JOYCE MCMILLAN on HOME at Oran Mor, Glasgow, 27.11.13.
4 stars ****
THERE ARE PLENTY of plays around at the moment about old age and dementia, most of them struggling to say more than the obvious about the inevitable sadness and decay of life’s final years. In her first Play, Pie and Pint show Home, though, brand-new playwright Jenny Knotts demonstrates exactly why she is the first-ever winner of the David MacLennan Award, created by Play, Pie and Pint’s legendary producer for a young writer seeking a first professional production of his or her work
At first, the story seems simple; In the living-room of the house where they grew up, sisters Agnes and Maggie seem to be waiting for a moment of inevitable change and letting-go. Agnes is in a wheelchair, but still vigorous, with all her wits about her, and connected to the world through her son and baby granddaughter; Maggie is childless, widowed, and increasingly confused, and for her the race is almost run.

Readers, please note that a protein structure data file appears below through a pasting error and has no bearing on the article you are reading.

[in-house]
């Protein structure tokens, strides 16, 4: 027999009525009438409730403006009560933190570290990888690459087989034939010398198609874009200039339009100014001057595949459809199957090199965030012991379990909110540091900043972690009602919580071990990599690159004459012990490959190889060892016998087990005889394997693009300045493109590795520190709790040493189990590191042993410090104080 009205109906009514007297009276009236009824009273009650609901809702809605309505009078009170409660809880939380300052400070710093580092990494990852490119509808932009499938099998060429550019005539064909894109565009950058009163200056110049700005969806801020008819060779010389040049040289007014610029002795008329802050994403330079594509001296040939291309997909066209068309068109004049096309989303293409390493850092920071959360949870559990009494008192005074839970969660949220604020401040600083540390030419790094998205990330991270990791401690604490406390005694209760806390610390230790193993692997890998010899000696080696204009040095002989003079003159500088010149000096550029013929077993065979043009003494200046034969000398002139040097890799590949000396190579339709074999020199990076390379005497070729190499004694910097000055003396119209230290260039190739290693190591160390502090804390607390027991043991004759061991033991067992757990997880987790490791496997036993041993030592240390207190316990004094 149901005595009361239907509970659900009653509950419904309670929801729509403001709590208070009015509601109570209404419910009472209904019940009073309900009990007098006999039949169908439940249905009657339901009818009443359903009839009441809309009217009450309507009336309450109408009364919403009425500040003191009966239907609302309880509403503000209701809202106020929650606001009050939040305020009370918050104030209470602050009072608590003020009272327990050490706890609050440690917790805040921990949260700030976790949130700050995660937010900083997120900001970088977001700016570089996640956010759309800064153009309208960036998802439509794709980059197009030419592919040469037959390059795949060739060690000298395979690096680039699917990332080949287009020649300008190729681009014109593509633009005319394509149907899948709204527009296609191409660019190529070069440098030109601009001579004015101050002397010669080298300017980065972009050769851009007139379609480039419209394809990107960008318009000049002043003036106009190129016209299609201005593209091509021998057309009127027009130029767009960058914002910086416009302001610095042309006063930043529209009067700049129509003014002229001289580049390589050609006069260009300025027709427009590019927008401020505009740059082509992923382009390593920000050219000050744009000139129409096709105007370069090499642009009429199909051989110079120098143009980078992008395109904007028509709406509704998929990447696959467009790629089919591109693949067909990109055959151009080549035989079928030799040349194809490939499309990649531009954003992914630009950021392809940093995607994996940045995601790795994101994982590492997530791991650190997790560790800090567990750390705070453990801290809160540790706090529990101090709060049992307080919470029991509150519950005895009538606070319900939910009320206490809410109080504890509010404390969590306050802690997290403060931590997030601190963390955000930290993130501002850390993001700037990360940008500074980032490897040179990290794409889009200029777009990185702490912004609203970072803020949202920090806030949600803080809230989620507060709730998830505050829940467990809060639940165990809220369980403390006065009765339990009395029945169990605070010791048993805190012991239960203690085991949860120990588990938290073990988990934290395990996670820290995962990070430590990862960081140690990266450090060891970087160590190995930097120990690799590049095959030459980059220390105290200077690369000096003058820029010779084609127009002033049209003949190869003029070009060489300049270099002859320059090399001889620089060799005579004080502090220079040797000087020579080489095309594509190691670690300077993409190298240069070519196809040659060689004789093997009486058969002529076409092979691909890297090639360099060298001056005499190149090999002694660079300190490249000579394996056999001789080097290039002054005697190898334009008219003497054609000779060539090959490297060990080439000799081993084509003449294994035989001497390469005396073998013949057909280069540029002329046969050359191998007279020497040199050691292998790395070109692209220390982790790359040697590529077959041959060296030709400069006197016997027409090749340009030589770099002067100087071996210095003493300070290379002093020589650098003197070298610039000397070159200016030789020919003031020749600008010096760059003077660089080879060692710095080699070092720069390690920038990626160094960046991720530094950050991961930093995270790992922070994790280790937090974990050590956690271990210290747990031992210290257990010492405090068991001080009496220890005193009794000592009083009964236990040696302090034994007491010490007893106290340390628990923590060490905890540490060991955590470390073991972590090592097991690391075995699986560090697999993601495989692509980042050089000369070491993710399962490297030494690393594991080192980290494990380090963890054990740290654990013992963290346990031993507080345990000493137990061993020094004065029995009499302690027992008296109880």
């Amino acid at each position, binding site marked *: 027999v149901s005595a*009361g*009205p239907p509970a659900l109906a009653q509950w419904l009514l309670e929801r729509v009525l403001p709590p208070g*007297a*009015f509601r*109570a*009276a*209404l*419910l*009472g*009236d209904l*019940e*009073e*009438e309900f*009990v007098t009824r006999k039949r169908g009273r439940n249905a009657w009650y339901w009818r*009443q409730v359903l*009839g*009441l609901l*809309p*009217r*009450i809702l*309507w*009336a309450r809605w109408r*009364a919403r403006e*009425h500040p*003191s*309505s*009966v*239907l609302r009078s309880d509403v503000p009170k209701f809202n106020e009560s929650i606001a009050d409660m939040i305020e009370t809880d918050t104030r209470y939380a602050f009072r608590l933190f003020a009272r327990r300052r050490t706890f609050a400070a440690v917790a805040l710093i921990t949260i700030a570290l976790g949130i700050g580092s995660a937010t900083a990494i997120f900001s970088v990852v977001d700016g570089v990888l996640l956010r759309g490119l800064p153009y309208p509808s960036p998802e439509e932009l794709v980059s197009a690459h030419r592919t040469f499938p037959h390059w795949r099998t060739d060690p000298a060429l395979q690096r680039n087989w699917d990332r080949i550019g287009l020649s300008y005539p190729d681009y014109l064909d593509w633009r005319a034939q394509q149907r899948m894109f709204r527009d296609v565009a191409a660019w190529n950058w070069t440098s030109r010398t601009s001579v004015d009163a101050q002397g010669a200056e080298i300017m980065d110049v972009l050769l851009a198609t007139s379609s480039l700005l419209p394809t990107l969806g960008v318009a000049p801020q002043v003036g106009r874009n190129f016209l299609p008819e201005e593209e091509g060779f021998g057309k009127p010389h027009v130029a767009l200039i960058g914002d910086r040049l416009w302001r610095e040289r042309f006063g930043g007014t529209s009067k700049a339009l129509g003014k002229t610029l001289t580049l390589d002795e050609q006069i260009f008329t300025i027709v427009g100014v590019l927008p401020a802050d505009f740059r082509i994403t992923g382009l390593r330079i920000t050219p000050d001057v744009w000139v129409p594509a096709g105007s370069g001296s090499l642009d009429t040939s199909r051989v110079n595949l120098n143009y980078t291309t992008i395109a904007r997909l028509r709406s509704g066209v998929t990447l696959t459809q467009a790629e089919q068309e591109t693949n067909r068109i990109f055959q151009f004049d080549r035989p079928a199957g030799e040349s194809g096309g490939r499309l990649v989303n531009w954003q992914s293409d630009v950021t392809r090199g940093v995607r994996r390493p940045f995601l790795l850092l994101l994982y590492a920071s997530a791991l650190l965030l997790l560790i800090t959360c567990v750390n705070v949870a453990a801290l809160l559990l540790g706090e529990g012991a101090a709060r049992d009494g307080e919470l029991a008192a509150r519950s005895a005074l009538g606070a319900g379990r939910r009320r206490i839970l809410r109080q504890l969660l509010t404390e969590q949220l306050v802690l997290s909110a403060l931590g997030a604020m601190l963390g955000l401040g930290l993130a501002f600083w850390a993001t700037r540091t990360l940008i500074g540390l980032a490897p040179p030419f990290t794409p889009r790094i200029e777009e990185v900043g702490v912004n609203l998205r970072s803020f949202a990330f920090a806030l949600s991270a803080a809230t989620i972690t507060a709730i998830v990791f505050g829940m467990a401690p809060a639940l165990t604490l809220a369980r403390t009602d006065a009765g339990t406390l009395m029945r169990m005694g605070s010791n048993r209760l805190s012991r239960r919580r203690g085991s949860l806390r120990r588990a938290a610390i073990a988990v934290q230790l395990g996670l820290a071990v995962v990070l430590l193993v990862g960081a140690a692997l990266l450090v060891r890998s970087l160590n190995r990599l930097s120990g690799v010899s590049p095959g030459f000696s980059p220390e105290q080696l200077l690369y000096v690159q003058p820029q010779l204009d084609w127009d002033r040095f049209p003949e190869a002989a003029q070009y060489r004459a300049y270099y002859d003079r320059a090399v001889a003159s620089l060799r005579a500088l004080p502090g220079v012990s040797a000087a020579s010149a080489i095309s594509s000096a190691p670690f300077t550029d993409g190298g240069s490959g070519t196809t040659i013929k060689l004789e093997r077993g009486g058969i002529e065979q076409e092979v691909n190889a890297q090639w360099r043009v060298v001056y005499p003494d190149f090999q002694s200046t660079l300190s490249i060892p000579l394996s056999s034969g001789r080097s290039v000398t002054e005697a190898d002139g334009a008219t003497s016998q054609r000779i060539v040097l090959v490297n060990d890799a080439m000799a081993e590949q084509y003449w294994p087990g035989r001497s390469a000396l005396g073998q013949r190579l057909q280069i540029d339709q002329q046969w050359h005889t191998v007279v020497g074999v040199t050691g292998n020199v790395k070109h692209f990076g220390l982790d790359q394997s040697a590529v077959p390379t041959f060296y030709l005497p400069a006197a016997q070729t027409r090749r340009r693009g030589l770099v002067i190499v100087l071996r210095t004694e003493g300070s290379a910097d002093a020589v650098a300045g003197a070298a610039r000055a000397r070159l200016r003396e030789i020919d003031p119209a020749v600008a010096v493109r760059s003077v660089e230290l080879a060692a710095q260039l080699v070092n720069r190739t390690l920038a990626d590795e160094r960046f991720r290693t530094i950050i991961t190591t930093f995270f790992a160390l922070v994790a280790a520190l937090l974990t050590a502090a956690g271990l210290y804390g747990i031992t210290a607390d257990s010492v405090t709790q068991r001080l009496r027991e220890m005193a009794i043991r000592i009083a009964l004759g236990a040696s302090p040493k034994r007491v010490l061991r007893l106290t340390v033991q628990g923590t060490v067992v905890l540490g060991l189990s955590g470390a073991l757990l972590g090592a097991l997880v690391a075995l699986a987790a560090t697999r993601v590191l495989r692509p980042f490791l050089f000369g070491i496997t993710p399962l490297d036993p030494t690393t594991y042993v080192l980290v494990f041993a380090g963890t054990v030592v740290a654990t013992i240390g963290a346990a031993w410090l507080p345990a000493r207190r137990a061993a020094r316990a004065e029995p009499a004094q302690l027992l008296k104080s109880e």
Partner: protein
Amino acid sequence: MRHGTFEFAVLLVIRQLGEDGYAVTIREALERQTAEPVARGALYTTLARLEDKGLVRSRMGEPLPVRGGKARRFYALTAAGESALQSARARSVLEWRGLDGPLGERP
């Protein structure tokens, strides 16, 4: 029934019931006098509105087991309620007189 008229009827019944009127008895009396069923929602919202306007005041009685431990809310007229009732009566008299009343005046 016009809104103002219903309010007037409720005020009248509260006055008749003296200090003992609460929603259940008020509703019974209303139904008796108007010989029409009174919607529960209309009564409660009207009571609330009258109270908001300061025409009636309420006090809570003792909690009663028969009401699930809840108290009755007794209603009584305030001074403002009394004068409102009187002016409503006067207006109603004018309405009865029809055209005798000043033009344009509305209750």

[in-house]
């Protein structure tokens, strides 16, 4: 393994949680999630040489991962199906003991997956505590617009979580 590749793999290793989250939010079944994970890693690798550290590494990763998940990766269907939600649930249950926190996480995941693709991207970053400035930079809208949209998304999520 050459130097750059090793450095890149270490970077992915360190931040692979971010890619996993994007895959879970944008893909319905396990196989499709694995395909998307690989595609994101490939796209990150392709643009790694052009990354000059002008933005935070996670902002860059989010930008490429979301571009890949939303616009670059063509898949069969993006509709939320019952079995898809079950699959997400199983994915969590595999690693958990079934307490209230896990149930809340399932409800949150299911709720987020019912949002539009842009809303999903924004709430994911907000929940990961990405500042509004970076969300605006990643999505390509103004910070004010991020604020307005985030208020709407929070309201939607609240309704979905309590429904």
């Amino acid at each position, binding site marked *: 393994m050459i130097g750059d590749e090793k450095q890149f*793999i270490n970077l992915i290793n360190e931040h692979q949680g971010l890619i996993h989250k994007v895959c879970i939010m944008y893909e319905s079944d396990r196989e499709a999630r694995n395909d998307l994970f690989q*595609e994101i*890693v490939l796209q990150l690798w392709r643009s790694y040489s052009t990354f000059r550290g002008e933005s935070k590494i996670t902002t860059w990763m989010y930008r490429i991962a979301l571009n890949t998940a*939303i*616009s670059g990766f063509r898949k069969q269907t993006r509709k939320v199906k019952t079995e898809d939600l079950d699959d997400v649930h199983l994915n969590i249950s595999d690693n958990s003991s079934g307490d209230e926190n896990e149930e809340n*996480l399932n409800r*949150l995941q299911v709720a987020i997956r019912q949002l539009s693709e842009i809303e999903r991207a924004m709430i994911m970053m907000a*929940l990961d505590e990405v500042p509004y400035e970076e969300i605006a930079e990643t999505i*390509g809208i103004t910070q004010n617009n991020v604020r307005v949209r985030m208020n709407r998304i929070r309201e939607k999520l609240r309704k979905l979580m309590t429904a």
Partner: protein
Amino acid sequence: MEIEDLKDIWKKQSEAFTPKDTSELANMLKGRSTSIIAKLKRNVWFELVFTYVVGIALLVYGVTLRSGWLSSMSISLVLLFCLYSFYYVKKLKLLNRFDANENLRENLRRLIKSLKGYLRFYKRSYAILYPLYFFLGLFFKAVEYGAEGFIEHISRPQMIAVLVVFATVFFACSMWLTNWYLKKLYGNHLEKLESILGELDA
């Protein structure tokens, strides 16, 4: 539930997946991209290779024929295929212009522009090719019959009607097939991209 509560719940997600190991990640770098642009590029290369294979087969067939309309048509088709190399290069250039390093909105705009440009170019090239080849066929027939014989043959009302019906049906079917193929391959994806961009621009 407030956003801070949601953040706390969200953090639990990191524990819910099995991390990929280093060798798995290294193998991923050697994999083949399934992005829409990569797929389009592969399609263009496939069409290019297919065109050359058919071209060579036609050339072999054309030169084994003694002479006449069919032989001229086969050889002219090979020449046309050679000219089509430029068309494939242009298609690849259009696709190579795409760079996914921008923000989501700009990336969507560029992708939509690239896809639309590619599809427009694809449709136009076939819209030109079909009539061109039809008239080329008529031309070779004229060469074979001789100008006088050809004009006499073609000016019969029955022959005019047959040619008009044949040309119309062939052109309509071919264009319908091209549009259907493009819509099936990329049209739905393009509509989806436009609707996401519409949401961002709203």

The play revolves around a late plot-twist that makes sense in itself, but casts a slightly confusing light on some of the earlier dialogue. What it has in abundance, though, is a fine sense of theatre, as Maggie tries to recruit us – in the role of her imaginary audience of long-gone family and friends – as witnesses to her loneliness, and Agnes finds herself trapped in strange double role as both loving sister and cruel nemesis. It’s a mark of the quality of the writing that Susan Worsfold’s production draws two stunning performances from Ann Scott Jones as Agnes and Kay Gallie as the loveable, helpless, fag-smoking Maggie. And if the play’s vision of Maggie’s final days is unremittingly sad and poignant, it still creates two completely memorable characters, fully human to the end.